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Naloxone Treatment of Toxic Shock Syndrome

Kenneth R. Cohen, MD; Kathleen M. Emmons, Pharm D; Marc F. Goldstein, MD
Arch Intern Med. 1983;143(5):1072. doi:10.1001/archinte.1983.00350050242052.
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To the Editor.  —Toxic shock syndrome has recently been recognized as an exotoxin-mediated illness caused by Staphylococcus aureus infection.1,2 Accumulating experimental data have demonstrated that, in stress states, endogenous endorphin release contributes to hypotension and that this effect is reversible with naloxone hydrochloride administration.3,4 Encouraged by preliminary reports of naloxone therapy for various shock states,5-8 we used naloxone in the treatment of shock associated with the toxic shock syndrome.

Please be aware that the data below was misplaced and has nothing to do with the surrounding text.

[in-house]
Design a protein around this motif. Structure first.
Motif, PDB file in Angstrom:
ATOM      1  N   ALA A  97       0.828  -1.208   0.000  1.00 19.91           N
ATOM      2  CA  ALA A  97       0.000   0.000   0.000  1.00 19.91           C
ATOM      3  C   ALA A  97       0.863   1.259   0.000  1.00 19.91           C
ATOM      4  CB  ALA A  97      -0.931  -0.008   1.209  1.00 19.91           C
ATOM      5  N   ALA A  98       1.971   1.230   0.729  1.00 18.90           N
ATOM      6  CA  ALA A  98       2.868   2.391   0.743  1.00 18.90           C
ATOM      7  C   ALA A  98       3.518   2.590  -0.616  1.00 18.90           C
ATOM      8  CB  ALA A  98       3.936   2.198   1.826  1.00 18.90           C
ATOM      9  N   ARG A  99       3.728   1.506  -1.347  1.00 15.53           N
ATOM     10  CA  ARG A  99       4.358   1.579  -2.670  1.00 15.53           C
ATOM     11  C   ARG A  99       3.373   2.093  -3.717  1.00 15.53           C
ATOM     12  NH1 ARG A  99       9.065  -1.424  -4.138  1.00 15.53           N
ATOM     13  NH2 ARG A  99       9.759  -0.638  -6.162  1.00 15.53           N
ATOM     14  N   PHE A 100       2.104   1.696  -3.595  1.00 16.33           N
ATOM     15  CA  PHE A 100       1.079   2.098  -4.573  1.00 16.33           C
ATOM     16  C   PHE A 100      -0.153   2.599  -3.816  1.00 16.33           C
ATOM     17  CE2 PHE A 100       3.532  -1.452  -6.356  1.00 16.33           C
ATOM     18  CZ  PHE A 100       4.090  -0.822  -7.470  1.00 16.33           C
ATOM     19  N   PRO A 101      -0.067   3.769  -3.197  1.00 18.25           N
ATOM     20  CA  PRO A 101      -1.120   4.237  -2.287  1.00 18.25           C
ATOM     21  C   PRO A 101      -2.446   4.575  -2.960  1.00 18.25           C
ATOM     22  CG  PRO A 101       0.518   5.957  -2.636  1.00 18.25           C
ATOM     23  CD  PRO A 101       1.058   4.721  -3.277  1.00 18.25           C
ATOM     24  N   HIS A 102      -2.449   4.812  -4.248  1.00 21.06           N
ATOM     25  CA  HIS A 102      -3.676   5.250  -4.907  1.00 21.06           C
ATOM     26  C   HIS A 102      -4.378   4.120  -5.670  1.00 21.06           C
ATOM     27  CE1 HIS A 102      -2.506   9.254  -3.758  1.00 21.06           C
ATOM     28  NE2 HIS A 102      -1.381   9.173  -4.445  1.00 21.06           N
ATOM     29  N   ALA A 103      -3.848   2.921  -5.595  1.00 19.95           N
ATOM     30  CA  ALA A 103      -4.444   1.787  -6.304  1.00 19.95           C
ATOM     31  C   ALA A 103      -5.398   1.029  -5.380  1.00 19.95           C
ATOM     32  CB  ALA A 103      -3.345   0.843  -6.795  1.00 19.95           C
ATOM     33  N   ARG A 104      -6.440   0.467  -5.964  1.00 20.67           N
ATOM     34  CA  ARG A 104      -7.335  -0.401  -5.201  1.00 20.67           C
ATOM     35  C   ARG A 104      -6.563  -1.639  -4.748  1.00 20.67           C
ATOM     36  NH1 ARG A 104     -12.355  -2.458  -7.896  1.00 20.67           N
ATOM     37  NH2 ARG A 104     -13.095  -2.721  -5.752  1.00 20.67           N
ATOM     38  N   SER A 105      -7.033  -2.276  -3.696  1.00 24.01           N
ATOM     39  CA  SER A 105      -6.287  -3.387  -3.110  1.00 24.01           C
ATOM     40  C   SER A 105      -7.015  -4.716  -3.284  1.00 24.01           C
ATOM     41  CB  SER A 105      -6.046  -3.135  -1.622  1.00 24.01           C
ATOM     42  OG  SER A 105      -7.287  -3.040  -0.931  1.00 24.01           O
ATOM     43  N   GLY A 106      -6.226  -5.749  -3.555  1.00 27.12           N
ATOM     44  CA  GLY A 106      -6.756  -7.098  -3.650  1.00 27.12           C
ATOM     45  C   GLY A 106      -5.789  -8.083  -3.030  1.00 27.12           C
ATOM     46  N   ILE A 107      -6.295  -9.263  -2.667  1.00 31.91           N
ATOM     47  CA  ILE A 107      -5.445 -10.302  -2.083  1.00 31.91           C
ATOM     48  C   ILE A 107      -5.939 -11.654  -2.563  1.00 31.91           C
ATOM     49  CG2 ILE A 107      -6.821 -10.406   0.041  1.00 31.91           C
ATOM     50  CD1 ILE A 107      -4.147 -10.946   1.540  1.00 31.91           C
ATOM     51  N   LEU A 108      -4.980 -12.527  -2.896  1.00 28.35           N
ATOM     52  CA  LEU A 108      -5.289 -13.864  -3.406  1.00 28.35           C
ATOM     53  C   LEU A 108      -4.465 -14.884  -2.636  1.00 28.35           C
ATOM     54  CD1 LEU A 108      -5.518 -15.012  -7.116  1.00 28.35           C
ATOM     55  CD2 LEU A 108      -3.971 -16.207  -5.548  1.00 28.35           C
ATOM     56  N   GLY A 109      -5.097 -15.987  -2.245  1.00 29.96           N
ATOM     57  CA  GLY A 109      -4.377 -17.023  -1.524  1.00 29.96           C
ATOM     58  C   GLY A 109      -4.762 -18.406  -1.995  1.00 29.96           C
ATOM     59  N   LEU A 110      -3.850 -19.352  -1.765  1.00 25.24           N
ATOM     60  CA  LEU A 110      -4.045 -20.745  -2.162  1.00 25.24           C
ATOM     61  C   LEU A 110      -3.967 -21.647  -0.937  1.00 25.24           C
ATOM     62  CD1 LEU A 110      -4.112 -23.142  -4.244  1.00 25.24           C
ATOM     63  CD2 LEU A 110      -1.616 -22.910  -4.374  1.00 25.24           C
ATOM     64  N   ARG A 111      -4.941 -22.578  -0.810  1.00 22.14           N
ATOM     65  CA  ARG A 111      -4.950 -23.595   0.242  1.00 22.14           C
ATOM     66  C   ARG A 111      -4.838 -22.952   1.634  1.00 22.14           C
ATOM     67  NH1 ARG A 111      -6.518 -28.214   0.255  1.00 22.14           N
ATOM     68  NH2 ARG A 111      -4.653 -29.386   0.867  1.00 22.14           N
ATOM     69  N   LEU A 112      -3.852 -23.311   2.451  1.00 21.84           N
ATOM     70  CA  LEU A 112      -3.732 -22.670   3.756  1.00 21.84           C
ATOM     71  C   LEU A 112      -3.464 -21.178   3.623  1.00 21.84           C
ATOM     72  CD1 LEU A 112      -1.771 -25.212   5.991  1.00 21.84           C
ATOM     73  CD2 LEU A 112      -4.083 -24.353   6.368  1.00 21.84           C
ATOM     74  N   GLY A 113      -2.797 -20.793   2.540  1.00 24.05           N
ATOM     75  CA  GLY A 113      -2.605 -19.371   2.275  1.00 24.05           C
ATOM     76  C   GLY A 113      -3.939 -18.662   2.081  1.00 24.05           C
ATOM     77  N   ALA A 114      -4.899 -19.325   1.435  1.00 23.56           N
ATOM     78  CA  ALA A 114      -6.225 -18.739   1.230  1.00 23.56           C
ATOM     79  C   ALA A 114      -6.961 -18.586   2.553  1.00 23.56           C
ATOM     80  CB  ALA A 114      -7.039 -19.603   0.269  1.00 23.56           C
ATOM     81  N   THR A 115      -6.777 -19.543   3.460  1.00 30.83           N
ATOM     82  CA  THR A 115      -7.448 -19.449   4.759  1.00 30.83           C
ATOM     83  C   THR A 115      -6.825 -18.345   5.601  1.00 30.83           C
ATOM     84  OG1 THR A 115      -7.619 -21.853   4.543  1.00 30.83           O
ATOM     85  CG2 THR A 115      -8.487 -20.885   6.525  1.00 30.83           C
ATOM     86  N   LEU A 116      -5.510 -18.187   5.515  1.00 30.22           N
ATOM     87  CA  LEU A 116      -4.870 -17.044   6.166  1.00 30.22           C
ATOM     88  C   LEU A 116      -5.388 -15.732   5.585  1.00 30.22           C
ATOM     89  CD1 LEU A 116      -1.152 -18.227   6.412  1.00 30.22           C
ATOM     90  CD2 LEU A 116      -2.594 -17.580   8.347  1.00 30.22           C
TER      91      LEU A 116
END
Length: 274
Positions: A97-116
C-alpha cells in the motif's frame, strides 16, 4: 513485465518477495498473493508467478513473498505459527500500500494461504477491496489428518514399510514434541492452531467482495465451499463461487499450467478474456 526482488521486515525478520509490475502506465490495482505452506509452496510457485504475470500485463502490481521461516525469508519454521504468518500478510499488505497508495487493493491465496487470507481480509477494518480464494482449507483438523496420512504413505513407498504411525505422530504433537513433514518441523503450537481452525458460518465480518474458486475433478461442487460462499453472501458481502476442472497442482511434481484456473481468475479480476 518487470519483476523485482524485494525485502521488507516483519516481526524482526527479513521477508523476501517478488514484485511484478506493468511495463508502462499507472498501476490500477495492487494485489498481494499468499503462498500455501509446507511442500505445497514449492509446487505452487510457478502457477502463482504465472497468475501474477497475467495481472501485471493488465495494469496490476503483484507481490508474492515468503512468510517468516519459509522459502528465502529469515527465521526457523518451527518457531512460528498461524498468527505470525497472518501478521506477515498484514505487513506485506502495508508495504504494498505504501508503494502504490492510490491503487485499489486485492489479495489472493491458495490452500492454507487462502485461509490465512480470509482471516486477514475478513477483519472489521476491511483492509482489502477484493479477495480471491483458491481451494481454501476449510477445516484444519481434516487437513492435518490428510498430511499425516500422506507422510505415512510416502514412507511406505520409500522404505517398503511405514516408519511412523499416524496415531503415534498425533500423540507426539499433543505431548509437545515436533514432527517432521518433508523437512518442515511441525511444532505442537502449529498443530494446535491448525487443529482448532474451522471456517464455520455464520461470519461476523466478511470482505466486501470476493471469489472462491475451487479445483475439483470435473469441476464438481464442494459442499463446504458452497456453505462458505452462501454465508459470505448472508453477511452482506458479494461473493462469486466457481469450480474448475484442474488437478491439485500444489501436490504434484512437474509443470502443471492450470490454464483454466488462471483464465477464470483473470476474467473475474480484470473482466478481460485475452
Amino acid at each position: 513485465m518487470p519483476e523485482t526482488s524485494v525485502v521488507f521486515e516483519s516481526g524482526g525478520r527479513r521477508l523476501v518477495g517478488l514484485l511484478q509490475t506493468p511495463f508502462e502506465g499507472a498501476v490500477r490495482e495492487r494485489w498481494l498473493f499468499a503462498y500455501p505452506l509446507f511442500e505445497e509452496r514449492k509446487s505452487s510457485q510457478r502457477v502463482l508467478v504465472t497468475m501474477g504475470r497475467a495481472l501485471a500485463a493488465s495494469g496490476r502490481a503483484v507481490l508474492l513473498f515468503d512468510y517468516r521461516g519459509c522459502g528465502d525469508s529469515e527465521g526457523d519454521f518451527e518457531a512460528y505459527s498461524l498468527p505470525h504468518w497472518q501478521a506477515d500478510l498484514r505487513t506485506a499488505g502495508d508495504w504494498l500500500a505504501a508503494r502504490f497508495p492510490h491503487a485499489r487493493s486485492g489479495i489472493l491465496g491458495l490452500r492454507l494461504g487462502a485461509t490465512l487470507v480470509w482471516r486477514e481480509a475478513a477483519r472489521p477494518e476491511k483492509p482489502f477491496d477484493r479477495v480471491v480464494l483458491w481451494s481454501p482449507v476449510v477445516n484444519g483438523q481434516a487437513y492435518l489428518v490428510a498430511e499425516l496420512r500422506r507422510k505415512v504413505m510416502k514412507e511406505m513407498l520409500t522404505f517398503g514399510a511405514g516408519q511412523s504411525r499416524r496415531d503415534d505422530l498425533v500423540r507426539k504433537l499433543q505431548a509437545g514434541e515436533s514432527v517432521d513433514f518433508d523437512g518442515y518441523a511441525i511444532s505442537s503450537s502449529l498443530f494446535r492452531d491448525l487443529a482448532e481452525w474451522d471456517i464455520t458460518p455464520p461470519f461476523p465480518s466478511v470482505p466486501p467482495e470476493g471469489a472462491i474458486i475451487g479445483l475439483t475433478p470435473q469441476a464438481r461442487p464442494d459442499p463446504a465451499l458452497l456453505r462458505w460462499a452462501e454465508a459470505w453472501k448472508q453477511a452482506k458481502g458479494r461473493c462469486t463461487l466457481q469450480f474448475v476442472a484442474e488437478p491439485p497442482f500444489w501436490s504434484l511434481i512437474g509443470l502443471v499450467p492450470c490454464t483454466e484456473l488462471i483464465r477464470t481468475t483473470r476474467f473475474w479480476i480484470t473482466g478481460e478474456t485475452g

Report of a Case.  —A 23-year-old woman was initially seen with toxic shock syndrome, characterized by onset during menses, fever to 22 °C, BP of 65/35 mm Hg, generalized erythroderma, "strawberry tongue," conjunctivitis, nausea, vomiting, diarrhea, and myalgias. Culture specimens from the cervix and tampon grew S aureus.Therapy was initiated with intravenous (IV) saline, dopamine hydrochloride, and nafcillin sodium. Fifteen hours after admission, the BP was 80/40 mm Hg and the heart rate was 135 beats per


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